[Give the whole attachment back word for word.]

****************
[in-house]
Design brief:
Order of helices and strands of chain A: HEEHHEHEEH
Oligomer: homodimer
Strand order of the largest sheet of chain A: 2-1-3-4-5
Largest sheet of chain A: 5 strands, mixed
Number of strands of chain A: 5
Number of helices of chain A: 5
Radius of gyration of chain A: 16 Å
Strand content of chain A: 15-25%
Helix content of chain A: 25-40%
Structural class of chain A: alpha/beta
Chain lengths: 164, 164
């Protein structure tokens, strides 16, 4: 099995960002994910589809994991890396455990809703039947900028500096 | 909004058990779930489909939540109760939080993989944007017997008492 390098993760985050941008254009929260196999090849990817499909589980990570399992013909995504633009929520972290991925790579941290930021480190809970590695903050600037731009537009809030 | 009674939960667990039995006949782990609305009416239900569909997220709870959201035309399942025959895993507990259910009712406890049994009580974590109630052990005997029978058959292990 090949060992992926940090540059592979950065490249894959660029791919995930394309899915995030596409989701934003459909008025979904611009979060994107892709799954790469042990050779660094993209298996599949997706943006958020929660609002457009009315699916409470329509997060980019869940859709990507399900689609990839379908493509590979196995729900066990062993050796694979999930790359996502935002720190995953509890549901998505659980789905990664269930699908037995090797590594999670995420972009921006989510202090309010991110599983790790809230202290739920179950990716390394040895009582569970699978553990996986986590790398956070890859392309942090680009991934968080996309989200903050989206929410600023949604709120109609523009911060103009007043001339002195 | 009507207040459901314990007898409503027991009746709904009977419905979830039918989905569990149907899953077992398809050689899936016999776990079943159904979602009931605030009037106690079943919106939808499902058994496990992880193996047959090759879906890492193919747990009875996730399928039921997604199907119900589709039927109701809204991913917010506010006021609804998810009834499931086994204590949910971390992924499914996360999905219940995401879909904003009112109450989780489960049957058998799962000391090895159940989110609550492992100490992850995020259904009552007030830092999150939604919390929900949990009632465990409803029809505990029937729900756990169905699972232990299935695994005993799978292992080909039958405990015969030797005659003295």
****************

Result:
[in-house]
Design brief:
Order of helices and strands of chain A: HEEHHEHEEH
Oligomer: homodimer
Strand order of the largest sheet of chain A: 2-1-3-4-5
Largest sheet of chain A: 5 strands, mixed
Number of strands of chain A: 5
Number of helices of chain A: 5
Radius of gyration of chain A: 16 Å
Strand content of chain A: 15-25%
Helix content of chain A: 25-40%
Structural class of chain A: alpha/beta
Chain lengths: 164, 164
């Protein structure tokens, strides 16, 4: 099995960002994910589809994991890396455990809703039947900028500096 | 909004058990779930489909939540109760939080993989944007017997008492 390098993760985050941008254009929260196999090849990817499909589980990570399992013909995504633009929520972290991925790579941290930021480190809970590695903050600037731009537009809030 | 009674939960667990039995006949782990609305009416239900569909997220709870959201035309399942025959895993507990259910009712406890049994009580974590109630052990005997029978058959292990 090949060992992926940090540059592979950065490249894959660029791919995930394309899915995030596409989701934003459909008025979904611009979060994107892709799954790469042990050779660094993209298996599949997706943006958020929660609002457009009315699916409470329509997060980019869940859709990507399900689609990839379908493509590979196995729900066990062993050796694979999930790359996502935002720190995953509890549901998505659980789905990664269930699908037995090797590594999670995420972009921006989510202090309010991110599983790790809230202290739920179950990716390394040895009582569970699978553990996986986590790398956070890859392309942090680009991934968080996309989200903050989206929410600023949604709120109609523009911060103009007043001339002195 | 009507207040459901314990007898409503027991009746709904009977419905979830039918989905569990149907899953077992398809050689899936016999776990079943159904979602009931605030009037106690079943919106939808499902058994496990992880193996047959090759879906890492193919747990009875996730399928039921997604199907119900589709039927109701809204991913917010506010006021609804998810009834499931086994204590949910971390992924499914996360999905219940995401879909904003009112109450989780489960049957058998799962000391090895159940989110609550492992100490992850995020259904009552007030830092999150939604919390929900949990009632465990409803029809505990029937729900756990169905699972232990299935695994005993799978292992080909039958405990015969030797005659003295």